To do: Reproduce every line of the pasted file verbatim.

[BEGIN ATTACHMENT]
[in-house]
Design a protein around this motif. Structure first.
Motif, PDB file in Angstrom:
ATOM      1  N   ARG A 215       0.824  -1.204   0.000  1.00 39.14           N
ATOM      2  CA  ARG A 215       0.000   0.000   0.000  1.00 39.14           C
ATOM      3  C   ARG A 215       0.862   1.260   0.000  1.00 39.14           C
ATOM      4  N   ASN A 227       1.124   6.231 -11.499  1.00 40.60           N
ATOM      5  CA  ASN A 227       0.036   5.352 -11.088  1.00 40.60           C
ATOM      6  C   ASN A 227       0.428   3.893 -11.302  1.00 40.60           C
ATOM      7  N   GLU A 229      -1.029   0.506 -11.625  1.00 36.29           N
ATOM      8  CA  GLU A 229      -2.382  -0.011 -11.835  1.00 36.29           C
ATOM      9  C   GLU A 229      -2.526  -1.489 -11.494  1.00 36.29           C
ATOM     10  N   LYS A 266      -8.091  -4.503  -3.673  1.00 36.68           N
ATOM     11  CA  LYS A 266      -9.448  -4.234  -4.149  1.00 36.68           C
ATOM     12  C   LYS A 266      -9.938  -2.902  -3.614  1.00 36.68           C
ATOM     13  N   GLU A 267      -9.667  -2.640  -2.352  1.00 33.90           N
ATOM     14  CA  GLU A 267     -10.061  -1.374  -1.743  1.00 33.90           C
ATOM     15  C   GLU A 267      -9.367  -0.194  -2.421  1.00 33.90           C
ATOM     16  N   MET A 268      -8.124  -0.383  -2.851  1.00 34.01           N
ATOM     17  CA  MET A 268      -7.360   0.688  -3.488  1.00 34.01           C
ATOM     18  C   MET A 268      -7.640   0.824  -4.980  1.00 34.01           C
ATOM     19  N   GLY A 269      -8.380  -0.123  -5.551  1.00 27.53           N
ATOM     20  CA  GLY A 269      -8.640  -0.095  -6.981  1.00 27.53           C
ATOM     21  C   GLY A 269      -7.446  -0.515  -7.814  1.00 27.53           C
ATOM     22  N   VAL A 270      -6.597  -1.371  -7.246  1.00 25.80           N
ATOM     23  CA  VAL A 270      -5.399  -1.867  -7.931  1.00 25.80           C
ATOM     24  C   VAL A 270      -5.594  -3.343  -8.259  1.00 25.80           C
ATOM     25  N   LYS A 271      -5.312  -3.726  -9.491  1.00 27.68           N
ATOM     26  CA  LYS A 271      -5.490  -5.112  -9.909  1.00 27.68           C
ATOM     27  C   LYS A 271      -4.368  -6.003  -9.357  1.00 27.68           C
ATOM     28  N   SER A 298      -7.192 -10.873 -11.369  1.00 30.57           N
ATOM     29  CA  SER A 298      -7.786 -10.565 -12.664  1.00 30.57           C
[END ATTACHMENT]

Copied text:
[in-house]
Design a protein around this motif. Structure first.
Motif, PDB file in Angstrom:
ATOM      1  N   ARG A 215       0.824  -1.204   0.000  1.00 39.14           N
ATOM      2  CA  ARG A 215       0.000   0.000   0.000  1.00 39.14           C
ATOM      3  C   ARG A 215       0.862   1.260   0.000  1.00 39.14           C
ATOM      4  N   ASN A 227       1.124   6.231 -11.499  1.00 40.60           N
ATOM      5  CA  ASN A 227       0.036   5.352 -11.088  1.00 40.60           C
ATOM      6  C   ASN A 227       0.428   3.893 -11.302  1.00 40.60           C
ATOM      7  N   GLU A 229      -1.029   0.506 -11.625  1.00 36.29           N
ATOM      8  CA  GLU A 229      -2.382  -0.011 -11.835  1.00 36.29           C
ATOM      9  C   GLU A 229      -2.526  -1.489 -11.494  1.00 36.29           C
ATOM     10  N   LYS A 266      -8.091  -4.503  -3.673  1.00 36.68           N
ATOM     11  CA  LYS A 266      -9.448  -4.234  -4.149  1.00 36.68           C
ATOM     12  C   LYS A 266      -9.938  -2.902  -3.614  1.00 36.68           C
ATOM     13  N   GLU A 267      -9.667  -2.640  -2.352  1.00 33.90           N
ATOM     14  CA  GLU A 267     -10.061  -1.374  -1.743  1.00 33.90           C
ATOM     15  C   GLU A 267      -9.367  -0.194  -2.421  1.00 33.90           C
ATOM     16  N   MET A 268      -8.124  -0.383  -2.851  1.00 34.01           N
ATOM     17  CA  MET A 268      -7.360   0.688  -3.488  1.00 34.01           C
ATOM     18  C   MET A 268      -7.640   0.824  -4.980  1.00 34.01           C
ATOM     19  N   GLY A 269      -8.380  -0.123  -5.551  1.00 27.53           N
ATOM     20  CA  GLY A 269      -8.640  -0.095  -6.981  1.00 27.53           C
ATOM     21  C   GLY A 269      -7.446  -0.515  -7.814  1.00 27.53           C
ATOM     22  N   VAL A 270      -6.597  -1.371  -7.246  1.00 25.80           N
ATOM     23  CA  VAL A 270      -5.399  -1.867  -7.931  1.00 25.80           C
ATOM     24  C   VAL A 270      -5.594  -3.343  -8.259  1.00 25.80           C
ATOM     25  N   LYS A 271      -5.312  -3.726  -9.491  1.00 27.68           N
ATOM     26  CA  LYS A 271      -5.490  -5.112  -9.909  1.00 27.68           C
ATOM     27  C   LYS A 271      -4.368  -6.003  -9.357  1.00 27.68           C
ATOM     28  N   SER A 298      -7.192 -10.873 -11.369  1.00 30.57           N
ATOM     29  CA  SER A 298      -7.786 -10.565 -12.664  1.00 30.57           C